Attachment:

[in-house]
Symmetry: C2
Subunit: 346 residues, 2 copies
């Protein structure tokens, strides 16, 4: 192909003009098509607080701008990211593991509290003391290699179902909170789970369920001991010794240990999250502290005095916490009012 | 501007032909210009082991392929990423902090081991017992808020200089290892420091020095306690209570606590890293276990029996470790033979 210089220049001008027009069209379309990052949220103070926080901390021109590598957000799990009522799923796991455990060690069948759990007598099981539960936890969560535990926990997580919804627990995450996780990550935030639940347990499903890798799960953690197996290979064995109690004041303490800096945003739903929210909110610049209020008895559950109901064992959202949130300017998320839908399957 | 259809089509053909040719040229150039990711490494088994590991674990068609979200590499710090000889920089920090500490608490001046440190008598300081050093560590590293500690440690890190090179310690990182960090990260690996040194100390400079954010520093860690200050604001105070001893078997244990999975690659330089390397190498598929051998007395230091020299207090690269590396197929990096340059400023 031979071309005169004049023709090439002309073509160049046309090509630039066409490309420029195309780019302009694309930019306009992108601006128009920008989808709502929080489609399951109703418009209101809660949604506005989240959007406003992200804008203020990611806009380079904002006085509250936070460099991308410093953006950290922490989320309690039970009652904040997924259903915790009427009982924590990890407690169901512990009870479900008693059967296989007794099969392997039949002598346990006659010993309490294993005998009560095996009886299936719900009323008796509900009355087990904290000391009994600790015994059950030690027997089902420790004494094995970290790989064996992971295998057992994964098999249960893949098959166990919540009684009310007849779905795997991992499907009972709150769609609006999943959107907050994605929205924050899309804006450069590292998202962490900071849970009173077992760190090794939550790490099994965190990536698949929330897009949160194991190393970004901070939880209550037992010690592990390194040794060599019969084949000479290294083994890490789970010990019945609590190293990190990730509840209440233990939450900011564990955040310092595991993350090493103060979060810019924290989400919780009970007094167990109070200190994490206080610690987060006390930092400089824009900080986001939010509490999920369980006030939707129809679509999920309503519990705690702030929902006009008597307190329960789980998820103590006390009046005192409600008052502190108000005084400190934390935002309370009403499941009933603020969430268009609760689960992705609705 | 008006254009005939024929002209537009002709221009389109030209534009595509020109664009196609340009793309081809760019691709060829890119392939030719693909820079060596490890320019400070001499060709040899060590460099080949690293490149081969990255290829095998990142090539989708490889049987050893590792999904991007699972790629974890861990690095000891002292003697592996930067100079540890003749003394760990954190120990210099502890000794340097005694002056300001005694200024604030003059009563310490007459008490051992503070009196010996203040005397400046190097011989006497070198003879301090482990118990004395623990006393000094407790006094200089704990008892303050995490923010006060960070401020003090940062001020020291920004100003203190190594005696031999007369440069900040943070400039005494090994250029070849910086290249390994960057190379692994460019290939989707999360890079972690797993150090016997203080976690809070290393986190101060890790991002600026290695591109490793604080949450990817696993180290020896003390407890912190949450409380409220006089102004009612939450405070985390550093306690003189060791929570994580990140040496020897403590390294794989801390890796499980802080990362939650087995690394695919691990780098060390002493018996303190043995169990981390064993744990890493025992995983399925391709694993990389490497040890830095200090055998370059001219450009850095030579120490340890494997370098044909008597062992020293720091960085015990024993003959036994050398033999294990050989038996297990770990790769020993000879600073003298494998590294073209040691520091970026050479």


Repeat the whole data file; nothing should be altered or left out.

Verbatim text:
[in-house]
Symmetry: C2
Subunit: 346 residues, 2 copies
């Protein structure tokens, strides 16, 4: 192909003009098509607080701008990211593991509290003391290699179902909170789970369920001991010794240990999250502290005095916490009012 | 501007032909210009082991392929990423902090081991017992808020200089290892420091020095306690209570606590890293276990029996470790033979 210089220049001008027009069209379309990052949220103070926080901390021109590598957000799990009522799923796991455990060690069948759990007598099981539960936890969560535990926990997580919804627990995450996780990550935030639940347990499903890798799960953690197996290979064995109690004041303490800096945003739903929210909110610049209020008895559950109901064992959202949130300017998320839908399957 | 259809089509053909040719040229150039990711490494088994590991674990068609979200590499710090000889920089920090500490608490001046440190008598300081050093560590590293500690440690890190090179310690990182960090990260690996040194100390400079954010520093860690200050604001105070001893078997244990999975690659330089390397190498598929051998007395230091020299207090690269590396197929990096340059400023 031979071309005169004049023709090439002309073509160049046309090509630039066409490309420029195309780019302009694309930019306009992108601006128009920008989808709502929080489609399951109703418009209101809660949604506005989240959007406003992200804008203020990611806009380079904002006085509250936070460099991308410093953006950290922490989320309690039970009652904040997924259903915790009427009982924590990890407690169901512990009870479900008693059967296989007794099969392997039949002598346990006659010993309490294993005998009560095996009886299936719900009323008796509900009355087990904290000391009994600790015994059950030690027997089902420790004494094995970290790989064996992971295998057992994964098999249960893949098959166990919540009684009310007849779905795997991992499907009972709150769609609006999943959107907050994605929205924050899309804006450069590292998202962490900071849970009173077992760190090794939550790490099994965190990536698949929330897009949160194991190393970004901070939880209550037992010690592990390194040794060599019969084949000479290294083994890490789970010990019945609590190293990190990730509840209440233990939450900011564990955040310092595991993350090493103060979060810019924290989400919780009970007094167990109070200190994490206080610690987060006390930092400089824009900080986001939010509490999920369980006030939707129809679509999920309503519990705690702030929902006009008597307190329960789980998820103590006390009046005192409600008052502190108000005084400190934390935002309370009403499941009933603020969430268009609760689960992705609705 | 008006254009005939024929002209537009002709221009389109030209534009595509020109664009196609340009793309081809760019691709060829890119392939030719693909820079060596490890320019400070001499060709040899060590460099080949690293490149081969990255290829095998990142090539989708490889049987050893590792999904991007699972790629974890861990690095000891002292003697592996930067100079540890003749003394760990954190120990210099502890000794340097005694002056300001005694200024604030003059009563310490007459008490051992503070009196010996203040005397400046190097011989006497070198003879301090482990118990004395623990006393000094407790006094200089704990008892303050995490923010006060960070401020003090940062001020020291920004100003203190190594005696031999007369440069900040943070400039005494090994250029070849910086290249390994960057190379692994460019290939989707999360890079972690797993150090016997203080976690809070290393986190101060890790991002600026290695591109490793604080949450990817696993180290020896003390407890912190949450409380409220006089102004009612939450405070985390550093306690003189060791929570994580990140040496020897403590390294794989801390890796499980802080990362939650087995690394695919691990780098060390002493018996303190043995169990981390064993744990890493025992995983399925391709694993990389490497040890830095200090055998370059001219450009850095030579120490340890494997370098044909008597062992020293720091960085015990024993003959036994050398033999294990050989038996297990770990790769020993000879600073003298494998590294073209040691520091970026050479």